"Avon calling" -- calling for a younger crowd, overseas reps, and improved global operational efficiencies. Avon Products, the world's top direct seller of cosmetics and beauty-related items, is busy building a global brand and enticing more consumers to buy its products. Direct selling remains its modus operandi; sales also come from catalogs and a website. Its lineup includes cosmetics, fragrances, toiletries, apparel, home furnishings, and more. Avon boasts more than 6 million independent representatives worldwide. With sales and distribution operations in more than 100 countries, nearly 90% of sales come from outside the US. Avon is working to transform its business amid falling sales and profits.
Avon calls on households in some 65 countries worldwide. Indeed, Avon Products rings up just over 10% of its sales in the US. Latin America is a major market for the cosmetics company, accounting for nearly 50% of sales. (Brazil alone contributes 20%.) It also operates in Russia, China, the UK, and Germany, among other countries.
Avon sells beauty, fashion, and home goods, accounting for 71%, 16%, and 10% of sales, respectively. The company's core beauty business consists of color cosmetics, fragrances, skin care, and personal care. Fashion consists of fashion jewelry, watches, apparel, footwear, accessories, and children's products. Home consists of gift and decorative products, housewares, entertainment and leisure products, children's products, and nutritional products. It exited direct jewelry sales in mid-2013 with the sale of Silpada Designs.
Sales and Marketing
Avon Products recruits sales reps and customers largely through personal contact, including recommendation from current representatives and customers, and local market advertising. Sales promotions and sales development activities are directed at assisting reps. The company also relies on television and print advertising to sell its cosmetics and other products. The company reported advertising expenses of about $202 million, $251 million, and $309 million is 2013, 2012, and 2011, respectively.
Avon has struggled to consistently grow sales, while dealing with a steep decline in net income. Its sales declined 7% in 2013 versus 2012, to just shy of $10 billion, and Avon reported a loss of $56.4 million. A decline in the number of active independent sales reps in 2013 compared with 2012, was partially offset by a 1% increase in average order size. Sales of beauty and fashion products declined, while sales of home products increased.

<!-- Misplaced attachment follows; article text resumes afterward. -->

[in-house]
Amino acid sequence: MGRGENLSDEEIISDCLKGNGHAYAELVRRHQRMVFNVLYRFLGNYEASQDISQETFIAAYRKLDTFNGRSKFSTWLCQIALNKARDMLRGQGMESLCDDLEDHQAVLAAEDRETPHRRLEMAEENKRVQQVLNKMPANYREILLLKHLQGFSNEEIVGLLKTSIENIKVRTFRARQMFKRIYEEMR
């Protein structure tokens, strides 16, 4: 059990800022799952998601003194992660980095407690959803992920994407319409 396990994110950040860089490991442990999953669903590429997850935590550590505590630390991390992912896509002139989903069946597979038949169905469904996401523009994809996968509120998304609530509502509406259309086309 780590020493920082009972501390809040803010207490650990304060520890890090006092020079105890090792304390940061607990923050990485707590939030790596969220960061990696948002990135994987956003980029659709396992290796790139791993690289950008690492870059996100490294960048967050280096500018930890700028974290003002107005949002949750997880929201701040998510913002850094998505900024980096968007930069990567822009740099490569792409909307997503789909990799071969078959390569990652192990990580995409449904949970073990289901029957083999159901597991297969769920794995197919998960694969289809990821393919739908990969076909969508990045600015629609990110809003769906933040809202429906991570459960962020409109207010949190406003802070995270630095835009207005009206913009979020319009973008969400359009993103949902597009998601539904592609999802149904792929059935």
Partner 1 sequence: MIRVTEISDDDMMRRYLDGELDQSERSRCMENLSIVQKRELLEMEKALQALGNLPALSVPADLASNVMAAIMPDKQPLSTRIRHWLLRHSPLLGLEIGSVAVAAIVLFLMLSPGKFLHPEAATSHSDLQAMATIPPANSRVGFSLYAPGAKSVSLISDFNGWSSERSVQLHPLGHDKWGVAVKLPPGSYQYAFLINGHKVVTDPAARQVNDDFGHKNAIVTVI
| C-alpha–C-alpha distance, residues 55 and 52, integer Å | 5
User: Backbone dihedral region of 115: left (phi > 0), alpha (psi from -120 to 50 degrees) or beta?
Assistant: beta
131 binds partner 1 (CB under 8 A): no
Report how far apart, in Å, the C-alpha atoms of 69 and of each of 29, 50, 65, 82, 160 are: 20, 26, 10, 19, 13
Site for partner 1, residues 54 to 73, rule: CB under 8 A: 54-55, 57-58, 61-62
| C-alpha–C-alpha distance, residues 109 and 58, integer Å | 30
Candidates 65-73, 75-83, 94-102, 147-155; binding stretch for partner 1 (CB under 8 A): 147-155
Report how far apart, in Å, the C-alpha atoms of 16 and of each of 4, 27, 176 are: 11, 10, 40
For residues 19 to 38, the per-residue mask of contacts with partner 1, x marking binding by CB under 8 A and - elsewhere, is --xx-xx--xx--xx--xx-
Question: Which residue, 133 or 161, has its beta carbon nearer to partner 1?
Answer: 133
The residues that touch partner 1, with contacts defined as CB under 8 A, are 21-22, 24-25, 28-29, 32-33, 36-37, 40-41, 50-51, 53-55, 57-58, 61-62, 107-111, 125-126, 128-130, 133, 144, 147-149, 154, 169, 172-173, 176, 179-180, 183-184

On a geographic basis, the decline in sales and profits was driven by lower sales in North America and the Asia-Pacific region, partially offset by improvements in Latin America, and Europe, the Middle East, and Africa (EMEA). Growth in Latin America was led by Brazil and Venezuela, primarily due to inflationary pricing. In EMEA, growth was driven by South Africa, Russia, and Turkey, while revenue fell in the UK. The poor performance in Asia Pacific was due to weak sales in China, where Avon's business is predominantly retail, and operational challenges in the Philippines.
Cash flow from operations again declined in 2013 for the fourth consecutive year.
CEO Sheri McCoy, who joined Avon in 2012, is working to stabilize the business and return it to sustainable growth. To the end, the company has set a cost-savings target of $400 million by the end of 2015. To get there, Avon is reducing global headcount, including about 650 jobs by the end of 2014, and exiting the South Korea and Vietnam markets, as well as noncore businesses.
For a company known for its personal touch, Avon in recent years appears to have lost touch with its customers. The company's plans to use money freed up by its recent reorganization to fund investment in consumer research, product innovation, and advertising (for selling products and recruiting sales reps). In 2014 the company launched a redesigned website, which is a critical component of its digital strategy to enhance the social selling experience for Avon representatives and their customers.
Building on its growing business in Latin America, in 2014 the company and Greek skincare brand KORRES entered into a partnership there to develop, manufacture, and market KORRES products. Also in 2014, Avon stuck a deal with fragrance giant (and former hostile suitor) Coty under which Avon Brazil's 1.5 million independent sales reps will sell select Coty fragrances in Brazil.
Mergers, Acquisitions and Divestitures
Avon in July 2013 sold its Silpada Designs (acquired in 2010) direct sales sterling silver jewelry business for $85 million in cash (plus an earn-out of up to $15 million if Silpada achieves specific earnings targets over two years.) The sale to Rhinestone Holdings, a newly-formed company created by Silpada's founders, allows Avon to focus on reviving its core business.
The struggling company became a takeover target in 2012 when its smaller rival Coty made an unsolicited $10.7 billion offer for the business, which Avon rejected.
Investment firm T. Rowe Price owns more than 10% of Avon Products' shares.